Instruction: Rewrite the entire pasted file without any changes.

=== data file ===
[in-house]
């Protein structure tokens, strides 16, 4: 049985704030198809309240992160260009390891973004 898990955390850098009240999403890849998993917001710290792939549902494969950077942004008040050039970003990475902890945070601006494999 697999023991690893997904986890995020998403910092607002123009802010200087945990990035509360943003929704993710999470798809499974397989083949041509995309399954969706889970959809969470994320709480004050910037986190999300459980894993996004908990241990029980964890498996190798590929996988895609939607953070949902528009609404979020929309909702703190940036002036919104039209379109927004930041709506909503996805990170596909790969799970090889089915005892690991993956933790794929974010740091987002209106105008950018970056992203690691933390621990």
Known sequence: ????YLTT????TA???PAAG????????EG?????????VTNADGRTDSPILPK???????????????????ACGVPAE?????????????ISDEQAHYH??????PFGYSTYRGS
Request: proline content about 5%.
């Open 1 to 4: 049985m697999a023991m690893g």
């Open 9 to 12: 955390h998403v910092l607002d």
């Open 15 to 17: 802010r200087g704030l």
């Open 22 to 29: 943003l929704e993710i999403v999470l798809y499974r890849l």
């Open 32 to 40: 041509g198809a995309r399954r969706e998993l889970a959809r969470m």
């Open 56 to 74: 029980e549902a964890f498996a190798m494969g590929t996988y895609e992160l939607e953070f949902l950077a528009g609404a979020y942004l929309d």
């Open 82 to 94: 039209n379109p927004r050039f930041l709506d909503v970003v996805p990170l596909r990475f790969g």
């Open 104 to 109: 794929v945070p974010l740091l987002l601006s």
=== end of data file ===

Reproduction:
[in-house]
């Protein structure tokens, strides 16, 4: 049985704030198809309240992160260009390891973004 898990955390850098009240999403890849998993917001710290792939549902494969950077942004008040050039970003990475902890945070601006494999 697999023991690893997904986890995020998403910092607002123009802010200087945990990035509360943003929704993710999470798809499974397989083949041509995309399954969706889970959809969470994320709480004050910037986190999300459980894993996004908990241990029980964890498996190798590929996988895609939607953070949902528009609404979020929309909702703190940036002036919104039209379109927004930041709506909503996805990170596909790969799970090889089915005892690991993956933790794929974010740091987002209106105008950018970056992203690691933390621990």
Known sequence: ????YLTT????TA???PAAG????????EG?????????VTNADGRTDSPILPK???????????????????ACGVPAE?????????????ISDEQAHYH??????PFGYSTYRGS
Request: proline content about 5%.
């Open 1 to 4: 049985m697999a023991m690893g």
């Open 9 to 12: 955390h998403v910092l607002d």
């Open 15 to 17: 802010r200087g704030l």
């Open 22 to 29: 943003l929704e993710i999403v999470l798809y499974r890849l």
């Open 32 to 40: 041509g198809a995309r399954r969706e998993l889970a959809r969470m």
């Open 56 to 74: 029980e549902a964890f498996a190798m494969g590929t996988y895609e992160l939607e953070f949902l950077a528009g609404a979020y942004l929309d």
């Open 82 to 94: 039209n379109p927004r050039f930041l709506d909503v970003v996805p990170l596909r990475f790969g």
């Open 104 to 109: 794929v945070p974010l740091l987002l601006s």